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Writing Shotgun - A Discussion On Documentation and Team Involvement!

Hey guys, I’m Thomas.

I’m a developer at Ultimerse and a graduate from the Academy of Interactive Entertainment and I’m here to discuss some of the topics I feel are important in game dev; Documentation, Creative Thinking and Listening to your Team.


What I like to see when it comes to development is a bountiful amount of documentation. To me, it is an essential in any team based environment, not only to be a guideline but also to be the answer to any questions someone may have about the general development of the game.

I have personally struggled in many projects (even solo ones) if general documents haven’t been well thought out or constructed in the first place. Documentation is important!Some of the most crucial information that I find needs to be documented are:

- A Simple Core Loop
- Relevant Pipelines
- General Design and Direction of the Game
- Schedule
- Checklist for tasks

(A core loop is a set of actions that determine how the game flows, it’s practically the games heart. It is what makes the game fun, exciting, challenging and anything else in between. When it comes to planning a game, this is one of the first things you should make!)

Documentation is an important asset to any developmental team and is crucial to make sure everyone is on the same page, so don’t underestimate it!


One of the first lessons learned when it comes to general game dev is ‘thinking creatively’. For example, repurpose older assets, be resourceful. If you don’t have the right assets to fill up a scene to how you envision it, what I have found is that you shouldn’t be afraid to reuse assets in unique ways (like flipping them upside down) to get a similar effect. Until you have the newer assets, placeholders aren't a bad thing! Sometimes when things aren’t working, just hide them behind a giant wall and deal with it later during polish - this is always an option.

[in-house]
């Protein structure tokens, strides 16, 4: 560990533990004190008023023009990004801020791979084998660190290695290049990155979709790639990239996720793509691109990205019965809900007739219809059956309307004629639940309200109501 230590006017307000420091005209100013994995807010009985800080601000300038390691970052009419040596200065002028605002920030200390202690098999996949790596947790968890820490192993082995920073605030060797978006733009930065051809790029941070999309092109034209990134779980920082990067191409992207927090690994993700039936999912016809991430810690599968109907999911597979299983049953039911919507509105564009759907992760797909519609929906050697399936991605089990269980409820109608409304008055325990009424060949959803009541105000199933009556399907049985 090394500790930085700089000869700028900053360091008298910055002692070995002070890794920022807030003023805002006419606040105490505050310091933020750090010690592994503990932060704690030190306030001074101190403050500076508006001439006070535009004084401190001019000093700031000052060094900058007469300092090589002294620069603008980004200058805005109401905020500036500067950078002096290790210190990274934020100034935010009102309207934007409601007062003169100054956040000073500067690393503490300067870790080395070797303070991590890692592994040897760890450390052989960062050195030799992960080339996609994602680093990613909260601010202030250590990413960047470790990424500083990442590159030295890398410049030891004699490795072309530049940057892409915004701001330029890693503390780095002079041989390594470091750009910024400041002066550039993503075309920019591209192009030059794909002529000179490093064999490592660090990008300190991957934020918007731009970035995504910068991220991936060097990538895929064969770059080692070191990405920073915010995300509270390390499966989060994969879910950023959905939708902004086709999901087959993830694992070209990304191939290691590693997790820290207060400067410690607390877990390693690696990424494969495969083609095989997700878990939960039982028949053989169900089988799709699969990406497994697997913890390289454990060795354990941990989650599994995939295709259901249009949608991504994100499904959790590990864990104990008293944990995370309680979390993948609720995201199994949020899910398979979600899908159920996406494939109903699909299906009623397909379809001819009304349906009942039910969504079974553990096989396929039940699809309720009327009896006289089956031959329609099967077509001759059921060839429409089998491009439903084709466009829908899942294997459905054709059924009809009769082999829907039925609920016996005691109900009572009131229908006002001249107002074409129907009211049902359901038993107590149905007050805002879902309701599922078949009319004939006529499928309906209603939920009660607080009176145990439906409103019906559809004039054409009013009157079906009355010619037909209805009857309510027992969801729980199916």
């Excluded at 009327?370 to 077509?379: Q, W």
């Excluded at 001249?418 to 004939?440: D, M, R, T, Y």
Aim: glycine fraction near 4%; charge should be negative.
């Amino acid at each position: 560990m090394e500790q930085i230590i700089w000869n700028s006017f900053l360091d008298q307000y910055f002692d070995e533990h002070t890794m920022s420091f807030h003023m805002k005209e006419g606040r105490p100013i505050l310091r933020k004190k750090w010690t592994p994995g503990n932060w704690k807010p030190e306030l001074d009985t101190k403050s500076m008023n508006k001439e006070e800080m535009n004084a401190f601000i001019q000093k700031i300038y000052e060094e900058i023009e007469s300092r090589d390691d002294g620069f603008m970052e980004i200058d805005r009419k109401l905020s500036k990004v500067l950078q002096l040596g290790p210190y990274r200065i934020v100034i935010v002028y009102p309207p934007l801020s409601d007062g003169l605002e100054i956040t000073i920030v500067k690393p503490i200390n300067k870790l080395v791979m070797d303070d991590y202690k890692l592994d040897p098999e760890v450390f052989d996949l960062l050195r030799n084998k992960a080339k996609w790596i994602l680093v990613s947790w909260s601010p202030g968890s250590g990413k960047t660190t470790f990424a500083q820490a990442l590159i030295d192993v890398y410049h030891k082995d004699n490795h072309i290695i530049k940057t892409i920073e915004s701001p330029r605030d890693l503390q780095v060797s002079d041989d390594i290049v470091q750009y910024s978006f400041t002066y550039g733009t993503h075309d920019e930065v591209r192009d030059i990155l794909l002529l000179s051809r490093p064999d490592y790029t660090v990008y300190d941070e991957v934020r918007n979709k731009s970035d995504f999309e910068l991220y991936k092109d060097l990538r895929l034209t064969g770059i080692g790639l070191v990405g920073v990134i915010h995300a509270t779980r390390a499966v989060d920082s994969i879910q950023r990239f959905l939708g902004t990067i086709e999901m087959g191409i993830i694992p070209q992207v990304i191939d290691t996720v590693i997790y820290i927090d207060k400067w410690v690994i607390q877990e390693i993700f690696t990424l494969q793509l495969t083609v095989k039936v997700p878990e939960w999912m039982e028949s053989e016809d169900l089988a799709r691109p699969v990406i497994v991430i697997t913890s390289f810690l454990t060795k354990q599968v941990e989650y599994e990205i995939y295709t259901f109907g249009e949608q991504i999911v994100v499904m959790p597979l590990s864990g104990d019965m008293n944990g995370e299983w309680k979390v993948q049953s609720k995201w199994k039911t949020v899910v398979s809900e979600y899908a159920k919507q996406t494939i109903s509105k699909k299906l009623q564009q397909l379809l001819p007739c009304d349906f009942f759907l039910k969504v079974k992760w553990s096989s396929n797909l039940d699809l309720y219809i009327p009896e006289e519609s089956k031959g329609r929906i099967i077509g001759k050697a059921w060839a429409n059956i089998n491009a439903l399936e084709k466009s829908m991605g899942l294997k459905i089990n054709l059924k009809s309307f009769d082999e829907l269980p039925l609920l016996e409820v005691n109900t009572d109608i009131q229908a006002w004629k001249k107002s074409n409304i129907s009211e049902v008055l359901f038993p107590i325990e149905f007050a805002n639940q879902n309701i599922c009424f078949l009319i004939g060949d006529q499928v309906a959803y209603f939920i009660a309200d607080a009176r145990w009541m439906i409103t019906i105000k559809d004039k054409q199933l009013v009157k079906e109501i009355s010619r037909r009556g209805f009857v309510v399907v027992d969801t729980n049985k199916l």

How about if you want a cityscape setting but don’t have the scope to construct a whole city? By using some creative thinking - blocking off roads, making roads curved or even by limiting the camera position, you can create the feel of a living city, without having to allow the player to explore it.

Once More With Feeling!

All creative teams have different personality makeups and finding the right synergy can be tough. Everyone brings their own beliefs and values to the table, and discussion is the only way to filter through conflicting ideals. It’s important that everyone’s voice is heard and that everyone can make a contribution to the team. This doesn’t mean you’re not critical - but it’s about also being mindful that people put a lot of emotional investment into their creative work. Nothing is worse than feeling forgotten or helpless within a team, so always try to be an inclusive and as positive as possible!

Collaborating with other people has its moments, sometimes you can get on other people's nerves or say things you don't mean. However no matter what you do, always try to be inclusive, make sure everyone is involved in the project, that everyone is trying to think of cool ways to improve the game and the dev experience, and that EVERYTHING is documented. Take those extra steps to try to make the community a better and happier place! If you can get a team to agree on a documented, detailed plan, you can deal with any disagreements or roadblocks along the way with ease. It keeps everyone on track, accountable, and ready for action.

You’ll likely see more from myself in future, but please follow me on twitter at @TSafarewicz where we can discuss my professional weebhood.

Let's go Indie Game Dev!

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